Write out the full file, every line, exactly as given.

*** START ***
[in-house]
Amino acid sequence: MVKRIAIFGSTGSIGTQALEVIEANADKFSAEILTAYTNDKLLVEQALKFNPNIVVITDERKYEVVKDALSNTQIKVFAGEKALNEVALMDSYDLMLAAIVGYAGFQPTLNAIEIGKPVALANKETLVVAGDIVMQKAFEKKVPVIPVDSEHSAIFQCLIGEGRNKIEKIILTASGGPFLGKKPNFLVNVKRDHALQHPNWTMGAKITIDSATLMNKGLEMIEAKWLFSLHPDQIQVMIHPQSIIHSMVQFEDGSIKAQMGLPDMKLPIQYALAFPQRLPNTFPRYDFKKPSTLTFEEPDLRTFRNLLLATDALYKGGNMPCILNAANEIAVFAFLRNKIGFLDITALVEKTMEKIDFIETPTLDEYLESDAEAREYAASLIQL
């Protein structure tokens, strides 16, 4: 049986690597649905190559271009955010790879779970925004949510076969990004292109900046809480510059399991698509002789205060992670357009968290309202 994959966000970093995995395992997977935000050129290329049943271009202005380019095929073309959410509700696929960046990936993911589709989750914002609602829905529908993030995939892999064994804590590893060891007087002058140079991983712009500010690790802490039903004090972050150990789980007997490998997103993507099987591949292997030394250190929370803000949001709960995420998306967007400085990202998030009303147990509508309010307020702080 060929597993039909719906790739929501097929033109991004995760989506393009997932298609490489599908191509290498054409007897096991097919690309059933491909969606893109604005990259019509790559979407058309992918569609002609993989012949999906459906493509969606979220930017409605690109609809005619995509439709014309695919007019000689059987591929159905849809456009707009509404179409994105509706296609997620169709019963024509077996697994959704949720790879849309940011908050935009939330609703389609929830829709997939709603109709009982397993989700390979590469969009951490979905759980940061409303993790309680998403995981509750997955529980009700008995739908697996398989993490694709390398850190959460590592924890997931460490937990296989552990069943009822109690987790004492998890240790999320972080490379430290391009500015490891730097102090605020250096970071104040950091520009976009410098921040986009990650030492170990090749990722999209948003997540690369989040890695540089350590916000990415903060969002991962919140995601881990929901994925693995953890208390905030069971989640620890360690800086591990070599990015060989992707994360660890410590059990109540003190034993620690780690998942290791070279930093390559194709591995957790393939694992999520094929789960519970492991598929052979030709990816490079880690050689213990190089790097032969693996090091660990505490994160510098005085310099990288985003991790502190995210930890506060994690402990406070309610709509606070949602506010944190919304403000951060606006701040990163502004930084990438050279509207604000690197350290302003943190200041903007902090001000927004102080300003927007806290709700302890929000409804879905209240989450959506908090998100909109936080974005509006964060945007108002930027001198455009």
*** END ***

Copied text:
[in-house]
Amino acid sequence: MVKRIAIFGSTGSIGTQALEVIEANADKFSAEILTAYTNDKLLVEQALKFNPNIVVITDERKYEVVKDALSNTQIKVFAGEKALNEVALMDSYDLMLAAIVGYAGFQPTLNAIEIGKPVALANKETLVVAGDIVMQKAFEKKVPVIPVDSEHSAIFQCLIGEGRNKIEKIILTASGGPFLGKKPNFLVNVKRDHALQHPNWTMGAKITIDSATLMNKGLEMIEAKWLFSLHPDQIQVMIHPQSIIHSMVQFEDGSIKAQMGLPDMKLPIQYALAFPQRLPNTFPRYDFKKPSTLTFEEPDLRTFRNLLLATDALYKGGNMPCILNAANEIAVFAFLRNKIGFLDITALVEKTMEKIDFIETPTLDEYLESDAEAREYAASLIQL
């Protein structure tokens, strides 16, 4: 049986690597649905190559271009955010790879779970925004949510076969990004292109900046809480510059399991698509002789205060992670357009968290309202 994959966000970093995995395992997977935000050129290329049943271009202005380019095929073309959410509700696929960046990936993911589709989750914002609602829905529908993030995939892999064994804590590893060891007087002058140079991983712009500010690790802490039903004090972050150990789980007997490998997103993507099987591949292997030394250190929370803000949001709960995420998306967007400085990202998030009303147990509508309010307020702080 060929597993039909719906790739929501097929033109991004995760989506393009997932298609490489599908191509290498054409007897096991097919690309059933491909969606893109604005990259019509790559979407058309992918569609002609993989012949999906459906493509969606979220930017409605690109609809005619995509439709014309695919007019000689059987591929159905849809456009707009509404179409994105509706296609997620169709019963024509077996697994959704949720790879849309940011908050935009939330609703389609929830829709997939709603109709009982397993989700390979590469969009951490979905759980940061409303993790309680998403995981509750997955529980009700008995739908697996398989993490694709390398850190959460590592924890997931460490937990296989552990069943009822109690987790004492998890240790999320972080490379430290391009500015490891730097102090605020250096970071104040950091520009976009410098921040986009990650030492170990090749990722999209948003997540690369989040890695540089350590916000990415903060969002991962919140995601881990929901994925693995953890208390905030069971989640620890360690800086591990070599990015060989992707994360660890410590059990109540003190034993620690780690998942290791070279930093390559194709591995957790393939694992999520094929789960519970492991598929052979030709990816490079880690050689213990190089790097032969693996090091660990505490994160510098005085310099990288985003991790502190995210930890506060994690402990406070309610709509606070949602506010944190919304403000951060606006701040990163502004930084990438050279509207604000690197350290302003943190200041903007902090001000927004102080300003927007806290709700302890929000409804879905209240989450959506908090998100909109936080974005509006964060945007108002930027001198455009």